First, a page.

The Real Economy, Canada

Amid housing crunch, an embrace of multigenerational housing

Dec 12, 2023

Key takeaways

Some Canadians are embracing a shift toward multigenerational housing.

The phenomenon involves multiple generations of adults living under one roof.

It’s being driven in no small part by necessity as younger buyers and new arrivals face a housing shortage.

Economics The Real Economy Real estate

As Canada grapples with an acute shortage of housing, some residents are embracing a shift toward multigenerational housing.

This phenomenon, which includes multiple generations of adults living under one roof, is being driven in no small part by necessity as younger buyers and new arrivals to Canada search for a place to live, only to encounter escalating prices and decreasing inventory.

Mortgage rates are at multidecade highs. Last month, the Bank of Canada held its overnight rate at 5 per cent and warned that future hikes may be necessary to tame persistent inflation. 

Although home prices are expected to level off in the months ahead, affordability for prospective homebuyers is not expected to improve because of stricter lending requirements and historically low housing supplies relative to rising housing demand.

In response, some buyers have joined their in-laws, their parents or other family members under the same roof.

Demand is rising …

Through this squeeze, the sentiment around owning a home in Canada remains high. Close to 80 per cent of respondents to a 2023 Mortgage Professionals Canada survey viewed real estate as a “good long-term investment.”

Indeed, the need is growing. Canada is embracing the arrival of immigrants as it confronts a shortage of labour. Canada aims to welcome from 410,000 to 505,000 new permanent residents this year, from 430,000 to 542,000 next year, and 442,500 to 550,000 in 2025, according to the Immigration Levels Plan for 2023–2025.

And that’s just the official count. CIBC data published in August suggests there was a 1.5 million undercount of Canada’s 2023 population when nonpermanent residences and people who overstay their visas are factored in.  

Learn more insights from RSM Canada on real estate and the middle market.

… but the supply is limited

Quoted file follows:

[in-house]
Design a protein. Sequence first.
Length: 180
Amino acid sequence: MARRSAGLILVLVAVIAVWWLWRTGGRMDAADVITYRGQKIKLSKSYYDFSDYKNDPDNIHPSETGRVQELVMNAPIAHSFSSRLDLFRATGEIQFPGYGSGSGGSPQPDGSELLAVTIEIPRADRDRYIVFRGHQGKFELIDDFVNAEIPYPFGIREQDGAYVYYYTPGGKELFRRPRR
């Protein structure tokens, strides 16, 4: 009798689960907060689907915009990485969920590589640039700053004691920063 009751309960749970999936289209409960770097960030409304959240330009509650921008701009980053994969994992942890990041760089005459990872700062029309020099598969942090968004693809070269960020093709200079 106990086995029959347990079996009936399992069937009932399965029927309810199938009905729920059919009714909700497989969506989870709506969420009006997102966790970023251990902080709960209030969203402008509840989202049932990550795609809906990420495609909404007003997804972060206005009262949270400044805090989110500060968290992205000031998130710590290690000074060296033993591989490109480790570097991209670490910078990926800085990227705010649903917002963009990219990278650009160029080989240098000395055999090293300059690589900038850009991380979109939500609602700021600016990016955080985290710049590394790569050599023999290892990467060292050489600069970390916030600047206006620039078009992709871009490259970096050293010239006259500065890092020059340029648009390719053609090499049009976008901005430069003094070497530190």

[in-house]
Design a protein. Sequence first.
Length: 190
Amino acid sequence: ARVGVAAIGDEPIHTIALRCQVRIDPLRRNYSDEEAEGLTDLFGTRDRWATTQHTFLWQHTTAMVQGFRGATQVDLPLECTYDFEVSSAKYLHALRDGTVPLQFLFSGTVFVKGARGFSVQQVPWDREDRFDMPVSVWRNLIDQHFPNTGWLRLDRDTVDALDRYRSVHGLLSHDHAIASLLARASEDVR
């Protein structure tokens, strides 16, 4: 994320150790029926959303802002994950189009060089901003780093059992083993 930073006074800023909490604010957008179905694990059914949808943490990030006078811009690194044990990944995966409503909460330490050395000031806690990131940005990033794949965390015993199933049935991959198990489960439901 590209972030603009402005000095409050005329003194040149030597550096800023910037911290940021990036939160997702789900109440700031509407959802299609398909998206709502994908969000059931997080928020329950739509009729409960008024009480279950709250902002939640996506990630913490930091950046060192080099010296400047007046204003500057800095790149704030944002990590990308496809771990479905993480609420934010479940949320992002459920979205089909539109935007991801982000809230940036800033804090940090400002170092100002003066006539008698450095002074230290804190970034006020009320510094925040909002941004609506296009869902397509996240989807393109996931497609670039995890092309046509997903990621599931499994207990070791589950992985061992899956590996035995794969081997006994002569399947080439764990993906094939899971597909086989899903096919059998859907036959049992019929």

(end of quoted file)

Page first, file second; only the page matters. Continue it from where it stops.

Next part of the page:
The latest Housing Supply Report by the Canada Mortgage and Housing Corporation concluded that the level of new construction is too low to address the long-term housing supply gap.

Which leads some families to look to their families for answers. The number of households with multiple generations of adults living under one roof has increased 45 per cent in Canada over the past two decades, making it the fastest-growing household trend in Canadian history, according to 2021 census data.

A survey conducted in August by Royal LePage, a national real estate brokerage, found that 56 per cent of people who co-own a house own it jointly with their parents or their in-laws, while 18 per cent co-own with their adult children.

The multigenerational housing trend, the survey found, is fueled by increasing immigration alongside a lack of affordability in the housing market.

Developers have taken notice. Multifamily units that include multigenerational features like extra bedrooms and bathrooms, in-law suites, and safety features are in demand among some buyers. But permitting and zoning remain an issue for some developers if they are to meet the rising demand.

The takeaway

With Canadian housing costs on the rise, a shortage of new construction and the desire for Canadians to own homes, some Canadians are looking to their parents or their in-laws or other family members to help solve the housing riddle.

RSM Canada’s Michael Whitwell contributed to this article.

RSM contributors

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